In less than 2 years we re-designed all 5 sports and 8 products. Increased sales by 25 times the previous high and subsequently my salary/earnings also grew significantly. Eventually the company was bought out by CBS Sports in 2004 and the introduction of 'free' application and I-Pad's introduced bigger challenges. They are still in business today, but the landscape changed and so did the company.

Chad said...

I stayed on board through the transition, but I didn't like the new direction and in 2005 a new opportunity came up - steel.

I could have stayed in my cushy positon working from home making a decent wage, but instead I entered the steel business in 2005. I took a $15k reduction in salary because I felt confident (especially after seeing/meeting the current staff) in my abilities to offer something they had not seen - the initial hand shake agreement with this over $100 million dollar in sales subsidiary of another much larger company was that I would come in at the basement salary/position, but would ask for comprehensive review of my efforts on day 365 to recover/advance my salary.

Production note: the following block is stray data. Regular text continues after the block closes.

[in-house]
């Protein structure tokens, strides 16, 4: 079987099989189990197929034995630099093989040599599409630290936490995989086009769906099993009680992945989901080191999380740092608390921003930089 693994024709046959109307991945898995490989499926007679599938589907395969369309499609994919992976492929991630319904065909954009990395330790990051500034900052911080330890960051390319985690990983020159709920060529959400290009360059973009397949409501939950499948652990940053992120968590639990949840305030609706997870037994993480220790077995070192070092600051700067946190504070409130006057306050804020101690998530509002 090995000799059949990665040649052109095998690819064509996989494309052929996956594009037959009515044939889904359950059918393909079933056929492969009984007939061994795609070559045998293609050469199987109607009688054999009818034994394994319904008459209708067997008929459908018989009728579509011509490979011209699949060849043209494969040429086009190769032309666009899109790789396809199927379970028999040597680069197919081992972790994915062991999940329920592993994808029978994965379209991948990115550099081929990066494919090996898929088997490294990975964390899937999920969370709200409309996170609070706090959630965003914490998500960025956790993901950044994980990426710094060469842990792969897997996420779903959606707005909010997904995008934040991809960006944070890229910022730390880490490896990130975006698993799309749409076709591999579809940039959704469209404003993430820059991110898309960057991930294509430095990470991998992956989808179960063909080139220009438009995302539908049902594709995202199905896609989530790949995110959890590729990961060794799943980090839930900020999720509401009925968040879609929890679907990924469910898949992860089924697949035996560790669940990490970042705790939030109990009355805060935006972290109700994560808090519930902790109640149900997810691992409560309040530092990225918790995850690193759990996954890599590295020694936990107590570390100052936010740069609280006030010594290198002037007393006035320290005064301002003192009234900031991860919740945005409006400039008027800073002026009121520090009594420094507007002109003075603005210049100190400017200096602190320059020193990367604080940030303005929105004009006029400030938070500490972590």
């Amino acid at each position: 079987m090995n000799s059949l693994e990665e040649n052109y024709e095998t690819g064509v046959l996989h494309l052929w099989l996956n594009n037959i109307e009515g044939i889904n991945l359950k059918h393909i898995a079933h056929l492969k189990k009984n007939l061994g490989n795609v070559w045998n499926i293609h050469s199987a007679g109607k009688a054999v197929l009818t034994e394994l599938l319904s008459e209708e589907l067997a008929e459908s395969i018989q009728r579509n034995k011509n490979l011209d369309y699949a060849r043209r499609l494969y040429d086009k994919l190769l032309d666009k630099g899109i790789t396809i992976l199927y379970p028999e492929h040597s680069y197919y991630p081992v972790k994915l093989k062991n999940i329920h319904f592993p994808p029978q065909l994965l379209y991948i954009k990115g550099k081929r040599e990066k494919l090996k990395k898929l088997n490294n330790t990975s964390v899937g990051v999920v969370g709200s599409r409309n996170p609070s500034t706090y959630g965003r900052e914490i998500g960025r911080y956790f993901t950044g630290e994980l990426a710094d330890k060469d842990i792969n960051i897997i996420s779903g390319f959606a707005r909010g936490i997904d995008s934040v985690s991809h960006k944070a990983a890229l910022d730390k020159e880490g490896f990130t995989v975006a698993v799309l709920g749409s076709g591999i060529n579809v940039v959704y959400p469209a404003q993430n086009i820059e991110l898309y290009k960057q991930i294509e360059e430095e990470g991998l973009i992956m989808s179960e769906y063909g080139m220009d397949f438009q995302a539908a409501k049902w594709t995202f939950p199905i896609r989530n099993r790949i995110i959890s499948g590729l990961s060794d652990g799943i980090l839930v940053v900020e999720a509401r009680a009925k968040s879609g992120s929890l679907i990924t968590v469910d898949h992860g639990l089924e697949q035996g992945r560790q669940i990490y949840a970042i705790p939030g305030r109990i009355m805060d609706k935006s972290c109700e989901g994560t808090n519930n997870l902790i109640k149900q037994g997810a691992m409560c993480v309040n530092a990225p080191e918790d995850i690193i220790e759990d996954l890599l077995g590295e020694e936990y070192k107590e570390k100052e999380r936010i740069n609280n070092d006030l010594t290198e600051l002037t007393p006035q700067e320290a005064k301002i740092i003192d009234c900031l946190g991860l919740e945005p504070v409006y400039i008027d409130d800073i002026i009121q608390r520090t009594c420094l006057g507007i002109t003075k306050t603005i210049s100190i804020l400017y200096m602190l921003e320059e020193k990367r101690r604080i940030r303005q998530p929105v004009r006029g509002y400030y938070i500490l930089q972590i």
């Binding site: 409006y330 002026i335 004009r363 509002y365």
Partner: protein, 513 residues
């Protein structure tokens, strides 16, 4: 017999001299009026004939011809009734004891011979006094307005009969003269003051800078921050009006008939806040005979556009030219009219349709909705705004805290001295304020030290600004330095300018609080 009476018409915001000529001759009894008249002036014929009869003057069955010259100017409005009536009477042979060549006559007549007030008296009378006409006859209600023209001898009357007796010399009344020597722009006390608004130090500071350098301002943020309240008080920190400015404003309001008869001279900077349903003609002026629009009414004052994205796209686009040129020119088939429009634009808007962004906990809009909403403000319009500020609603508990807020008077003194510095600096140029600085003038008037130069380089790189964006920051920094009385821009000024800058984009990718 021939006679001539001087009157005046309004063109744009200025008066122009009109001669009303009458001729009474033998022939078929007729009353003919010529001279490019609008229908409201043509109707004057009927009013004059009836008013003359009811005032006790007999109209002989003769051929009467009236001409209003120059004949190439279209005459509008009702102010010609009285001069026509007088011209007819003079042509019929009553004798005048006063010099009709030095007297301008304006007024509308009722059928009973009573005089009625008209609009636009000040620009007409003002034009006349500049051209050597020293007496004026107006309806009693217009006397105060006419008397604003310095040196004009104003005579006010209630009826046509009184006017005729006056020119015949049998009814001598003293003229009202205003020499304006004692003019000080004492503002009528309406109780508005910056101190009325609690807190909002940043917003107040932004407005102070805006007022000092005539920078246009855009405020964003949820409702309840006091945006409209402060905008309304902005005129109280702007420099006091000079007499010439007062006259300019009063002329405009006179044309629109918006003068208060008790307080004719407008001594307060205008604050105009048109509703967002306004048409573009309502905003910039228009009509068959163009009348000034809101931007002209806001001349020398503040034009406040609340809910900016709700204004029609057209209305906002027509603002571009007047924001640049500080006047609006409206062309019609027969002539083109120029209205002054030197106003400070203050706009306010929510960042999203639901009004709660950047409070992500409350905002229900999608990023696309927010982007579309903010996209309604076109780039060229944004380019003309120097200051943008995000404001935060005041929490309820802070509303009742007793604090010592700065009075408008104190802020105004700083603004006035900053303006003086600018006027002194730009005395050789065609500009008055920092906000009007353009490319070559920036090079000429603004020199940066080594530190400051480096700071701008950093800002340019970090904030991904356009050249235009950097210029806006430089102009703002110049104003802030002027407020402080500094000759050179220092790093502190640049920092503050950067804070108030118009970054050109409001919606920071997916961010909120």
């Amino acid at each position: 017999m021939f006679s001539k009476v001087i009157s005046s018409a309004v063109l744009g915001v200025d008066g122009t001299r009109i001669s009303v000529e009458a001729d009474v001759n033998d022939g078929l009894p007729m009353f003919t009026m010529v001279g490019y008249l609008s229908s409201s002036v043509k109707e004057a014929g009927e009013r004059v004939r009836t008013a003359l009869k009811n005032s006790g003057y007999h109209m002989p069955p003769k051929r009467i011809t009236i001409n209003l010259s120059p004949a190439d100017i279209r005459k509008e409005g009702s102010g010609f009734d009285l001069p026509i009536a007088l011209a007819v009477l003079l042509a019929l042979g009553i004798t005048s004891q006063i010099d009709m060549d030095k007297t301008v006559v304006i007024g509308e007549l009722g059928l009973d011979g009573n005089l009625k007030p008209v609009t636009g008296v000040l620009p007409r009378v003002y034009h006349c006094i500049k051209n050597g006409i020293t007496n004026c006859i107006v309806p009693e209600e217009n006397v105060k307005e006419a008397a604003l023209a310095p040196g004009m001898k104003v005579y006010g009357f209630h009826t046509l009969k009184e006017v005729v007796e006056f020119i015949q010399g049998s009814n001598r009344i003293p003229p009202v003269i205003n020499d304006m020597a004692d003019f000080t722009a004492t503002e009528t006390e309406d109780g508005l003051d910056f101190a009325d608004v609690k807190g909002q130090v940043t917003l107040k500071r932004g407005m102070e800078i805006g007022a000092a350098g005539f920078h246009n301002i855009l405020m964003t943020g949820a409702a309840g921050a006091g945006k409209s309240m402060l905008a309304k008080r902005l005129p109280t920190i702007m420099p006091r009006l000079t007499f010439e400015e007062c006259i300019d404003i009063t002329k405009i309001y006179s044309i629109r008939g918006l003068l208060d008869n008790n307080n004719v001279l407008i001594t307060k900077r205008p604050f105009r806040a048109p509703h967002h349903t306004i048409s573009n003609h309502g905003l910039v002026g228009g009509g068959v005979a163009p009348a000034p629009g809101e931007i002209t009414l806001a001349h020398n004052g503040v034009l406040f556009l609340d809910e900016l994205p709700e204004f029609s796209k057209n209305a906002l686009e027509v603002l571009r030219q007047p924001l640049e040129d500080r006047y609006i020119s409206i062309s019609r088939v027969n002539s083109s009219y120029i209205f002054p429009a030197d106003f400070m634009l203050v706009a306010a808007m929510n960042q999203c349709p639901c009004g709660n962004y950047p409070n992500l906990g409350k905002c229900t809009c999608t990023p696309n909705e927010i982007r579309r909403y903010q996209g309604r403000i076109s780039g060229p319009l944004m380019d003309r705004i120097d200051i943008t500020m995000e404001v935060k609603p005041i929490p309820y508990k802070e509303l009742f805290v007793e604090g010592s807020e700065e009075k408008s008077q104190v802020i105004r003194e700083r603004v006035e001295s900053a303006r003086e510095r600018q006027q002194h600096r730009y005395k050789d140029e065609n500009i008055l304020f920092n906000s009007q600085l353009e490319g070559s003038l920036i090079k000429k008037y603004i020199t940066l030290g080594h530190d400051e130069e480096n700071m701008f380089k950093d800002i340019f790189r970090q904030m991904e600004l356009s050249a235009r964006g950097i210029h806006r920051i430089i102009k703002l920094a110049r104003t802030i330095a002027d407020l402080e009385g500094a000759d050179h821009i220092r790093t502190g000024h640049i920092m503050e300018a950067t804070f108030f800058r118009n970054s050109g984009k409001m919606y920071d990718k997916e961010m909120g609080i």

After 3 months I was promoted to Special Accounts Manager working directly with the Vice President of sales after 9 months I was in charge of accounts that made up 55% of all sales for the company (even though there were 8 other Inside Sales Reps who split the remaining 45%). My year 1 review - well it went pretty good - my salary was bumped beyond what I had anticipated and I was handing a seperate bonus check for work well done. Eventually I was promoted to Inside Sales Manager for the company - enter 2007/2008 when the steel world changed along with the rest of the world. Biz went straight in the tank and Management stood in front of all of us to announce a 10% immediate salary reduction for all plus they trimmed off some dead weight of 10 people.

However - we found out that Management did not take a pay cut, the $10,000 per month Country Club Membership for the Pres/CEO and 2 VP's still existed, the lavish spending still continued. One of the VP's spoke out said that Management needs to take similar reductions or more and the CC Memberships should be suspended.

When they refused he simply offered his resignation and 30 days later he started the company I work for today - we decided to simply go out and try to do it better.

4tomic said...

Chad, you've definitely lived a life you can be proud of and I am positive you made the advances and promotions you did by taking risks, and being creative and intelligent and systematic in your work, and I will be the first to say these are the ethics and traits we should be encouraging as a society.